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Medical Intermission (postgraduates)

If you find yourself unable to study for more than two weeks due to a medical condition, you should apply for a period of medical intermission; this is a complete break from study for health reasons. You should discuss this with your supervisor, and possibly also your College Tutor, before submitting your application.

Applying for and returning from medical intermission

Information on how to apply (via self-service account) is available on the ‘Applying for a change in your student status’ page but please see below for information specifically relating to medical intermission.

You should discuss with your supervisor, and possibly also your College Tutor, before submitting your application.

  • Select the start and end dates for your period of intermission. Intermission can only be backdated by a maximum of 30 days from the day you make your application. For example, if you submit your application on 31st October, the earliest start date for your period of intermission will be 1st October.
  • Provide relevant information regarding your medical condition and its impact on your academic progress.
  • Once you have submitted your application form online, you should submit your medical evidence (please see below) to your College who will forward this to Student Registry, who will refer it to Medical Advisors, who will confirm whether the period of intermission you have requested is warranted by the medical evidence.

If your application for medical intermission is approved, you will need to apply for permission to return to study at the end of your break from study. Information about this process can be found on the ‘returning from medical intermission’ page of the Cambridge Students website. If you wish to return early and this is approved, the remainder of your period of intermission will be rescinded and your submission deadline brought forward accordingly.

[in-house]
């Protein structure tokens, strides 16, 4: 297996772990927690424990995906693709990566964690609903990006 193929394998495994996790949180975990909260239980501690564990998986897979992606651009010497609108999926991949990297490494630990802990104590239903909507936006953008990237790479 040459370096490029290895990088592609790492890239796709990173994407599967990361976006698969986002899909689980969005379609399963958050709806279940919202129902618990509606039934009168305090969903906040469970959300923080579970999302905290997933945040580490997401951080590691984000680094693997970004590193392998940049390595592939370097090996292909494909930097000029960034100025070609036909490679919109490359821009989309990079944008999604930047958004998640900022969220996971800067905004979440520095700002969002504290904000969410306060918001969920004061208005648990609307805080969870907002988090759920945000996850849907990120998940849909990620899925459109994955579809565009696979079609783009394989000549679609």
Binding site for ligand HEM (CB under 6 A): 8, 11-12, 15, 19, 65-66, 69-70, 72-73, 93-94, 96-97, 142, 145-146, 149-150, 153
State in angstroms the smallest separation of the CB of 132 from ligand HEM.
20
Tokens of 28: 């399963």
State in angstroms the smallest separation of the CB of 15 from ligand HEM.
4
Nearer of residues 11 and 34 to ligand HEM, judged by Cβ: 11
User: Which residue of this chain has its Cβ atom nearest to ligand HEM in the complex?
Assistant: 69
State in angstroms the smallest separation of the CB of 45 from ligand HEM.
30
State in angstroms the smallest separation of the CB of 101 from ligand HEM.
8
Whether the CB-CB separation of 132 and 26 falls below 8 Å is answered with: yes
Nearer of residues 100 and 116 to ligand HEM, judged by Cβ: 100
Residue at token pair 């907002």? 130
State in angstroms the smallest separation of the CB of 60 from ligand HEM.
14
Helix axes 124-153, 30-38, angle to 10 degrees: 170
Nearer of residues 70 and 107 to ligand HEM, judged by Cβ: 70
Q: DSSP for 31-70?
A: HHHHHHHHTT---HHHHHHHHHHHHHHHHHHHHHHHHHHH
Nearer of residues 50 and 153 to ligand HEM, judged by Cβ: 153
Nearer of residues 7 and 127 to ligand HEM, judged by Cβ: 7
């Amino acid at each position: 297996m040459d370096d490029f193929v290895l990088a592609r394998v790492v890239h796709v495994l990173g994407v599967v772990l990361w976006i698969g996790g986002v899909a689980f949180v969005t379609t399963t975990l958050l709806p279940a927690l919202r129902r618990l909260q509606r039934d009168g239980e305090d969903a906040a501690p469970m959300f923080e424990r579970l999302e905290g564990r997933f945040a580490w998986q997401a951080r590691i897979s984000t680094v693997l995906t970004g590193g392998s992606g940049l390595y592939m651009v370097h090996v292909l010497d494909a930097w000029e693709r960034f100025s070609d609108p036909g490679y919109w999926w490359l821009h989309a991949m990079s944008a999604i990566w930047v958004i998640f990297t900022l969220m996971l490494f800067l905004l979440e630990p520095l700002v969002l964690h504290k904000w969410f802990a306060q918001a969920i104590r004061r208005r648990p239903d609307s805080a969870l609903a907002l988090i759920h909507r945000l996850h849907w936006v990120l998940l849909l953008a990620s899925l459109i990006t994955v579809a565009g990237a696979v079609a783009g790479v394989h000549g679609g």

Length and timing of intermission

You should apply for a period of intermission if your break from study lasts more than two weeks.

Medical intermission due to being too unwell to study or temporary withdrawal are not normally possible in the first term - students normally have to withdraw and reapply (it may be possible to resubmit your original application). Intermission during the first term of study will only be approved in exceptional circumstances, with the strong support of the student's Degree Committee, and can’t normally be used as a way of deferring admission. 

If you are in your final term of study it may be more appropriate for you to either take a short extension of up to 30 days for medical reasons, or temporarily withdraw from study. You will not normally be able to intermit once you have completed the maximum number of terms for your degree (for example 12 for the full-time PhD).

There are limits on the number of consecutive terms and number of terms overall of intermission that are permissible.

Programme of study Maximum consecutive terms of intermission Maximum terms over course
Full-time PhD, EdD, MSc and MLitt 3 6
Part-time PhD, EdD, MSc and MLitt 5 10
Full-time Masters  3 3
Part-time Masters 5 5

Keeping term and fee liability